Day traders harm United States

I know money isn't everything, but here I am watching my retirement savings go up in smoke and down the toilet.  I am not the richest man in the country, but I was expecting to see some steady growth to my mutual funds. 

Thank God that I still have a job and can pay the mortgage and put food on the table.  But I was so looking forward to a secure retirement.  Can you sympathize with that?

I am writing to you, not because I think that you are responsible for the real estate and mortgage crisis/fiasco.  But I feel that there are some improvements that the United States Government can take to improve my situation.

I blame the lenders for lending to sub-prime high-risk borrowers.  So I believe that government should not bail-out these fools.  And maybe I am one of the fools, because now my broker is telling me that the mutual funds that I thought were balanced were actually heavy into real estate and financial. 

I blame also the stock market day-traders.  I see these day-traders as the culprits that cause the markets to swing up and down so wildly.  I am a long-term investor.  The day-traders are my enemy.  The day-traders suck gains out of the market before the long-term guys ever see the profits to their investments.  For sure.  The day-traders do what is termed "taking profits".  If a stock goes up, they sell, and thus cause a drop in the stock price.  The long-term guy suffers with this drop.  Happens daily, hourly.  Day traders harm the market, the economy and the country.  I repeat, day traders harm the United States with their greed.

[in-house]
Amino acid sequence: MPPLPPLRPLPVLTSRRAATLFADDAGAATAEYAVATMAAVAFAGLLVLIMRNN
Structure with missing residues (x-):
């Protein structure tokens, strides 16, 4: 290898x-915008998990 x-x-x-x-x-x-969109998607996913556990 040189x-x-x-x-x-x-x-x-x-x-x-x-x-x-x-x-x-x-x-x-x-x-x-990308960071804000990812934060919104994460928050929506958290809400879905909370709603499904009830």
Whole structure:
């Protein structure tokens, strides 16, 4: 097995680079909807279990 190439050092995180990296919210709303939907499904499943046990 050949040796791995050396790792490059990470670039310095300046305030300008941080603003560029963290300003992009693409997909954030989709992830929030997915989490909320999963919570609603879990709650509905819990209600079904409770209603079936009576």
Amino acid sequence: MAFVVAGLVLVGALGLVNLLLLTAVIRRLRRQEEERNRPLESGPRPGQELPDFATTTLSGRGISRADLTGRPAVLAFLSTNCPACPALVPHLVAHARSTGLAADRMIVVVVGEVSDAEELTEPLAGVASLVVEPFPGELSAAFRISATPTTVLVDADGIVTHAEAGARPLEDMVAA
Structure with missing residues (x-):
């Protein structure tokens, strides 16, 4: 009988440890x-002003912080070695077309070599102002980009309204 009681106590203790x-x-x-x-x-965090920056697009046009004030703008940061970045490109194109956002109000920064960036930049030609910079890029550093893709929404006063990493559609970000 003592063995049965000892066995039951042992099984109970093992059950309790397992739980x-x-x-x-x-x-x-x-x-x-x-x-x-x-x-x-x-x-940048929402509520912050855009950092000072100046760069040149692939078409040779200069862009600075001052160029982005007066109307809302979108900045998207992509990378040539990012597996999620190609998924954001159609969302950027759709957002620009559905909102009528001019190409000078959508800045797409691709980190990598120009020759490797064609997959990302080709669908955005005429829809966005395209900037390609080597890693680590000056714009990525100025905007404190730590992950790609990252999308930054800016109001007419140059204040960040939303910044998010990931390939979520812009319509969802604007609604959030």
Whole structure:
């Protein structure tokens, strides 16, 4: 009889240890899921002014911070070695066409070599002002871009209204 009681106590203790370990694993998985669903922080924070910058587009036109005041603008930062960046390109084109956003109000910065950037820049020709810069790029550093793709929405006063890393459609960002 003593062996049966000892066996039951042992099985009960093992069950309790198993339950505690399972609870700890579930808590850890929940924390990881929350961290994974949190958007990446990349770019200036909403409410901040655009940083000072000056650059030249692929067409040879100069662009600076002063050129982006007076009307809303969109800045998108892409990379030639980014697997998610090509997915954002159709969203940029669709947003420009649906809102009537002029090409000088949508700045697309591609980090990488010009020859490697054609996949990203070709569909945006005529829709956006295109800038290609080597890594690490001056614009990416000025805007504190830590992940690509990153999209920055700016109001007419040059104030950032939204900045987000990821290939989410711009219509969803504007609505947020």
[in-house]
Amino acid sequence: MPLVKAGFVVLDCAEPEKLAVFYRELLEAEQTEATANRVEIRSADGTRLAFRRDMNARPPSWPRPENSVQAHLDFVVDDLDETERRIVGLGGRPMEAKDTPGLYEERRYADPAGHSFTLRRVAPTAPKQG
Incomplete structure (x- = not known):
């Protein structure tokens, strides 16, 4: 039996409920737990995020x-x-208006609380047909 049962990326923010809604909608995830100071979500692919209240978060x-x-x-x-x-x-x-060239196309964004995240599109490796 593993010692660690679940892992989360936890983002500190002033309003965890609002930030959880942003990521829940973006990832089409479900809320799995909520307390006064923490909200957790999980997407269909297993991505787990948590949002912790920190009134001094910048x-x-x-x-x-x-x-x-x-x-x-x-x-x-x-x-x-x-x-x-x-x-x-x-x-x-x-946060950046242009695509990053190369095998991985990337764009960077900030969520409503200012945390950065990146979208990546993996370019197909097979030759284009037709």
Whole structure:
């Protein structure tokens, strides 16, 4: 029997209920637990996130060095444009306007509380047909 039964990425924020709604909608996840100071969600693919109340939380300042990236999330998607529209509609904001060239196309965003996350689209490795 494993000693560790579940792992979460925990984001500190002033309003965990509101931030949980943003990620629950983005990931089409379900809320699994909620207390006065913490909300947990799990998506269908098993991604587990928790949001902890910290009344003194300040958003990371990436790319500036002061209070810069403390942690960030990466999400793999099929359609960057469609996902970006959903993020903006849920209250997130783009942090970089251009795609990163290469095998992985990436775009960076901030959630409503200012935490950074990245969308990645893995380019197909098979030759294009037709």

Government can alleviate some of this day-trader churn by imposing a sales tax on these quick stock sales.  Put a five percent tax on stock sales.  Then, remove this tax over five years, pro rated.  Real investors will have no tax, because they buy and hold. 

I believe that it is the responsibility for the government to repair the harm done by the stock market day traders.


Blogger Stephen said...

Thats a pretty weak argument. Some day traders are trend followers and some provide liquidity. Either way, both make the market more efficient. If you remove players from the market, you remove liquidity. Less liquidity, more volatility.

11:26 AM, August 24, 2008  
Blogger BaruchAttta said...

Stephen -
No, they do not make the market more efficient, unless you mean by efficient to have a higher volume of trading, which is worthless for the main reason for having a stock market.
You have it exactly wrong. Greater liquidity implies greater volitility. Lower trade volume implies better stability and lower volatility.

But you can not deny that every dollar that a day-trader removes from a stock's value is a dollar sucked out of the pocket of a long-term investor.

4:39 PM, August 25, 2008  
Anonymous Anonymous said...

How does transfering profits from a US citizen day trader to a US citizen long term trader help the US economy ?

9:43 PM, March 02, 2009  
Blogger BaruchAttta said...

Anonymous said...
How does transfering profits from a US citizen day trader to a US citizen long term trader help the US economy ?
Excellent question, Mr. Anonymous.
And here is my excellent answer.
Look at the opposite - that is, transfering profits from the long term investor to the day trader. It's like transfering from the honest worker to the thief. Of course, that transfer is good for the US economy, if you are so short sighted to think that any money spent in the economy is good for the economy.
But is it too hard for you to understand that a nation of thieves will not thrive? Or do I need to explain that to you?

10:14 AM, March 03, 2009  

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